Of these, Public Citizen Texas Office, Sierra Club Lone Star Chapter, and SEED Coalition have officially intervened against the ISP/WCS CISF in the NRC Atomic Safety and Licensing Board proceeding. Rose Gardner, founder of AFES, has provided legal standing to Beyond Nuclear in its legal intervention against the WCS/ISP CISF, as well.

Terry Lodge, an attorney based in Toledo, Ohio, represents Public Citizen and SEED Coalition. Wally Taylor, based in Cedar Rapids, Iowa, serves as legal counsel for Sierra Club.

Rose Gardner of Alliance for Environmental Strategies (AFES) in Eunice, NM said: "NRC has not even yet set up meetings in New Mexico or Texas for the public to comment on the ISP/WCS DEIS, and unfortunately this proceeding comes at a time when the whole nation, including New Mexico and Texas, are under stress and even dangerous conditions which do not allow for the common folk to even go to the grocery store or a doctor. NRC must stand down and postpone these meetings, as well as extend the comment period. The most vulnerable in our communities would be put at risk if these hearings were held now."

Gardner added: "I also admit that I am unable to concentrate on the dangers associated with the storage of high-level radioactive waste just five miles from my home even though that should be an important thing to discuss as this could possibly impact the futures of everyone in this area. NRC must take into account that these are not normal times and that regular communities are encountering abnormal situations every day that we never thought we would have to deal with. Living in the oil patch is especially difficult now because jobs are being lost and companies are pulling out of town at an amazing rate. I don’t even know where we will be in two weeks as the dangerous contagious coronavirus pandemic seems to be getting worse, not better."

Karen Hadden, Executive Director of the Sustainable Energy and Economic Development (SEED) Coalition based in Austin, TX said: "A private company seeks to profit by dumping the nation’s deadliest nuclear reactor waste in West Texas, a massive environmental injustice. The facility could get licensed by NRC, an agency that’s been ignoring the voices of thousands of Texans and people across the country who live along transportation routes. So far the process has been a sham. Well-documented health and safety concerns were tossed out by hearing judges. The NRC must start listening, and hold real public meetings on the DEIS, once the Covid-19 risks are over. More than 5.4 million Texans have been represented by county and city resolutions opposing nuclear waste dumping."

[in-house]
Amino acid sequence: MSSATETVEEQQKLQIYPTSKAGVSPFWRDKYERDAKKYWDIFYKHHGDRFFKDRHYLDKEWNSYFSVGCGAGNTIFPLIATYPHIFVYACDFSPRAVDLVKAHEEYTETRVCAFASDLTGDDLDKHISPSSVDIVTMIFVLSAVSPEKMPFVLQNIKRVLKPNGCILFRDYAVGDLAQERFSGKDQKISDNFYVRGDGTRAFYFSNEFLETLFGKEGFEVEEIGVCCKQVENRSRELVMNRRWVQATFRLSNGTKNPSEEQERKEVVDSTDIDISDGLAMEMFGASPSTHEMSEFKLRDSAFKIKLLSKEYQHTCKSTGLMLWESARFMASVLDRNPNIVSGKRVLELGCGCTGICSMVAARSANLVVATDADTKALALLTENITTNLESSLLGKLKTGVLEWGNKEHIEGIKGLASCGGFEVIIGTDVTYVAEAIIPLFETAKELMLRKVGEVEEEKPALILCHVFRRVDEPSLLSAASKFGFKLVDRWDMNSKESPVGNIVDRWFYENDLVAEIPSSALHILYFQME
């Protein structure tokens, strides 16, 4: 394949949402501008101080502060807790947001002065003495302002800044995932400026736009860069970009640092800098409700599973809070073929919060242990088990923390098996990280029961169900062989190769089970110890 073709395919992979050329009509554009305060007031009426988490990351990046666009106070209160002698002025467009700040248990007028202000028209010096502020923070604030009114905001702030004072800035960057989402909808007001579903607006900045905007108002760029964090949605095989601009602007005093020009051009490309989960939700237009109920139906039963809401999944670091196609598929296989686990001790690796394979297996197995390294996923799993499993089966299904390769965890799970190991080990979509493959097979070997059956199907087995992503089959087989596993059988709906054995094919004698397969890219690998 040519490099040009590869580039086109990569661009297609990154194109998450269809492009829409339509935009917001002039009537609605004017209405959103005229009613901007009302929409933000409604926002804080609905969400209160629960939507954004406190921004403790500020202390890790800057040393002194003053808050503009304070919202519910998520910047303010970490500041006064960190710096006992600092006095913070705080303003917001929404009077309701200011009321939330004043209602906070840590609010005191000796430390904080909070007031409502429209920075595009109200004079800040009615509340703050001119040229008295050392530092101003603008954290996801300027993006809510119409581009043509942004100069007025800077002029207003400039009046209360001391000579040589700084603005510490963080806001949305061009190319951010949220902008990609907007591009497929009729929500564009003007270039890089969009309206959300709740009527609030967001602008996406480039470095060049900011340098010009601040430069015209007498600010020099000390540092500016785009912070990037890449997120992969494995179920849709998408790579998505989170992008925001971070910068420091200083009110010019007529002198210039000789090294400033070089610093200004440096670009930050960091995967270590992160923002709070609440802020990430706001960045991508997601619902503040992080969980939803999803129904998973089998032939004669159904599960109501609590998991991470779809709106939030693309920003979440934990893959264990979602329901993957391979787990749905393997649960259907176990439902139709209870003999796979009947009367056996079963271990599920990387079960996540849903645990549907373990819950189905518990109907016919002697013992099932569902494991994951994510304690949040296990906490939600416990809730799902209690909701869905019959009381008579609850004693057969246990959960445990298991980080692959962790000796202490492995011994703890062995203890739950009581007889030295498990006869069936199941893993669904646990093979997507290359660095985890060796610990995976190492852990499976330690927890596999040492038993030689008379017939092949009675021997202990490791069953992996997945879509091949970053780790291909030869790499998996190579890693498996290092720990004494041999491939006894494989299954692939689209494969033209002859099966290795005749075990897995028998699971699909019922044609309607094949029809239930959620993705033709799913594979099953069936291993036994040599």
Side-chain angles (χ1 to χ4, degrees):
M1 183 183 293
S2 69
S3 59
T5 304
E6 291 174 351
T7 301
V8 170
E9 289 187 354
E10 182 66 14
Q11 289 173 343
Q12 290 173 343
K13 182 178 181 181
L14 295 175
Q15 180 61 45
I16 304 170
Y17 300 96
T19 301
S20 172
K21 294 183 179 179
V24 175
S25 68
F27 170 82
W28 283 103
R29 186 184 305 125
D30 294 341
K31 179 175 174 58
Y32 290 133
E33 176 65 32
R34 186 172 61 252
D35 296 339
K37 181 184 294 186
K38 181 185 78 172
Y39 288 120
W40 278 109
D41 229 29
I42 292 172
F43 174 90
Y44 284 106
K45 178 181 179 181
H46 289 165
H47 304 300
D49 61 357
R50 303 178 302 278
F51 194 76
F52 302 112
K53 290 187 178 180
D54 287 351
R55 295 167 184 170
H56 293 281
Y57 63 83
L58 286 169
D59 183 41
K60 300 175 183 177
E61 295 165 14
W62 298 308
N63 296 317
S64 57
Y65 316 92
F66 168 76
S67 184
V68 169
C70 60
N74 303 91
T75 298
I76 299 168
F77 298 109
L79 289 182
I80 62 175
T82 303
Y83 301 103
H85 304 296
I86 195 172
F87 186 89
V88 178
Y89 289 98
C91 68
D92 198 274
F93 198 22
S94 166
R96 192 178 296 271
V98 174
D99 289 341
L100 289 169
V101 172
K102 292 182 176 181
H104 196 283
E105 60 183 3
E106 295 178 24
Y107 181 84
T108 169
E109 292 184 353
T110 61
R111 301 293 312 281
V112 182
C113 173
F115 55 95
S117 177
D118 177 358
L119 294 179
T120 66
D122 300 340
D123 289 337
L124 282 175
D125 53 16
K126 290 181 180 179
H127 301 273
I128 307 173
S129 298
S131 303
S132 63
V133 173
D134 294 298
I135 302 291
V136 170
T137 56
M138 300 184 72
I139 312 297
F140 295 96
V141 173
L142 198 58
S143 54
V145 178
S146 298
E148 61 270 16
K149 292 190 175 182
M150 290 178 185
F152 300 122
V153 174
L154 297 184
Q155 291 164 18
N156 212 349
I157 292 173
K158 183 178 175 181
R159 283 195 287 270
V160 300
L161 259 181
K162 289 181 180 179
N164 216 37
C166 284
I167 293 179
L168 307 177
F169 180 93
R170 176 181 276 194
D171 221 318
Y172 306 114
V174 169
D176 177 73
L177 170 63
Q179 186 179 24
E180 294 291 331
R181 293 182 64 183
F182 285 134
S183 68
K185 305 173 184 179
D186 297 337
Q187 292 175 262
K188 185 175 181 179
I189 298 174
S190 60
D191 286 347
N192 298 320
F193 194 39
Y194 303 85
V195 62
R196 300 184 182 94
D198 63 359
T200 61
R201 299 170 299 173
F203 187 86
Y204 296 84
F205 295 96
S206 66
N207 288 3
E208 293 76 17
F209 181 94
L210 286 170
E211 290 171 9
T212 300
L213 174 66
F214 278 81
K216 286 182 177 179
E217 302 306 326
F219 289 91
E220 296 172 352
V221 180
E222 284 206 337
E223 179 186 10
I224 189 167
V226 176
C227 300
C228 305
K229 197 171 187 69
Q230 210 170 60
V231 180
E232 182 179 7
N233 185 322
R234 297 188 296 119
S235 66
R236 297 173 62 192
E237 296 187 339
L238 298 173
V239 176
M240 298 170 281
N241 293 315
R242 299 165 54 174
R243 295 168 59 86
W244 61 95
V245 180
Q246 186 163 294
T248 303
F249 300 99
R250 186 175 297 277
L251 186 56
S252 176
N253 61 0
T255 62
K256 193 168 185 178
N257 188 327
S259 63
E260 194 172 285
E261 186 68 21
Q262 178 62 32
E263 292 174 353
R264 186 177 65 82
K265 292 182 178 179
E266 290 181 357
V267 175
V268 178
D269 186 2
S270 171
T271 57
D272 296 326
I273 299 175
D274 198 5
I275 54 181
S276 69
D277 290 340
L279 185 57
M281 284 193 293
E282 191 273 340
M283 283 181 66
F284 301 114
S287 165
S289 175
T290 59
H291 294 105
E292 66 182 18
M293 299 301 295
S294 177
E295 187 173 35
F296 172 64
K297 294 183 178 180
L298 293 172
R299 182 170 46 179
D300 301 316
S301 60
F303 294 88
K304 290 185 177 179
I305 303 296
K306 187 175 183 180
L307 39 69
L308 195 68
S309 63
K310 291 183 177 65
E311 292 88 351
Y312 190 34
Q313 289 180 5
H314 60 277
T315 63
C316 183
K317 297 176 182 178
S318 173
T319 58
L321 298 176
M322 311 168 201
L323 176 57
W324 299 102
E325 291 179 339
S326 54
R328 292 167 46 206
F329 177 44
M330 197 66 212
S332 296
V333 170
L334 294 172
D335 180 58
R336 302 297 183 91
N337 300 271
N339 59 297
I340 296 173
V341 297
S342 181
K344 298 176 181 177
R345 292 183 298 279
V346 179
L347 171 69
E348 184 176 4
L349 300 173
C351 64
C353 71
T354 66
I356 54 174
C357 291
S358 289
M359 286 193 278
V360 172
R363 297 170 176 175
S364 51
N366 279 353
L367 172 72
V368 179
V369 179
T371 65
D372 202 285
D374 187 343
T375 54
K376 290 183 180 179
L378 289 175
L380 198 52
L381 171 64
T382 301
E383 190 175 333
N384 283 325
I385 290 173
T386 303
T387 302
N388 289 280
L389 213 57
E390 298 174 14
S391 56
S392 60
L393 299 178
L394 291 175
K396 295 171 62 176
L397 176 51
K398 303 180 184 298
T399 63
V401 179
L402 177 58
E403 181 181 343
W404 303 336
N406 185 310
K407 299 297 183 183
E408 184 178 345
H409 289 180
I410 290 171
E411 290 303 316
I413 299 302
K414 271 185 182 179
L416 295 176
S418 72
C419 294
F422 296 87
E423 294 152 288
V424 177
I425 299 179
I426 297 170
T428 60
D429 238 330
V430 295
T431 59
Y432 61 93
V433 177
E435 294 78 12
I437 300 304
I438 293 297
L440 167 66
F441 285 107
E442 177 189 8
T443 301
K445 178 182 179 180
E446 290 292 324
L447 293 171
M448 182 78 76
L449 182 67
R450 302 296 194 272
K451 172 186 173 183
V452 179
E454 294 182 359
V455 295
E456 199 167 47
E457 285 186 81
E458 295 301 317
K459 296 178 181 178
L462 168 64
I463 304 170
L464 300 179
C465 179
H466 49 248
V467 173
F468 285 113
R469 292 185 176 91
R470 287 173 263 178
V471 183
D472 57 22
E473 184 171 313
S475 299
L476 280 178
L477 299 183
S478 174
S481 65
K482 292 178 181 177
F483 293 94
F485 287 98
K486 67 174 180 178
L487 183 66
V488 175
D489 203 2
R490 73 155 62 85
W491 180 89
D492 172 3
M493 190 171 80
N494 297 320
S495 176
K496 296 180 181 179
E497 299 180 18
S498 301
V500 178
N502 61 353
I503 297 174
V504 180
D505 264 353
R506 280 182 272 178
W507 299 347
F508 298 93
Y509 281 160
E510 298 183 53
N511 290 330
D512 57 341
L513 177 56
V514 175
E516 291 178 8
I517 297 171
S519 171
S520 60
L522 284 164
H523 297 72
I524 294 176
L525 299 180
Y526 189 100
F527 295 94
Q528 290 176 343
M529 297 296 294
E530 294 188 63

Hadden added: "These voices must count and the NRC must stop ramming massive deadly waste projects through at a time when many people are struggling just to keep their families healthy and fed."

Don’t Waste Michigan, et al. legal counsel Terry Lodge said: "The NRC’s official position, that potentially tens of thousands of extremely dangerous radioactive waste shipments are not even worth discussing in a scientific and public manner, is a dramatic red flag. There is zero justification to rush this ill-considered cash cow to licensing. The NRC must not be allowed to take advantage of the pandemic to ramrod a decision in the shadows."

Wally Taylor, Sierra Club Lone Star Chapter’s legal counsel, said: "The DEIS for this project implicates so many issues and requires intense study, and probably expert review and opinions, that 120 days is clearly not enough time to submit the thorough and technically based comments that the NRC will require. ISP/WCS, and the NRC, want to fast-track this process to prevent genuine public input. We will not allow that to happen."

In its letter, the locations along major transport routes where the coalition urges NRC to hold public comment meetings include: Andrews, TX; Atlanta, GA; Boston, MA; Chicago, IL; Cleveland, OH; Dallas/Fort Worth, TX; El Paso, TX; Detroit, MI; Houston, TX; Kansas City, MO; Miami, FL; Midland, TX; Minneapolis/St. Paul, MN; Nashville, TN; New York, NY/Newark, NJ; Omaha, NE; Philadelphia, PA; Pittsburgh, PA; San Antonio, TX; San Luis Obispo, CA; St. Louis, MO; Salt Lake City, UT; and Tampa, FL.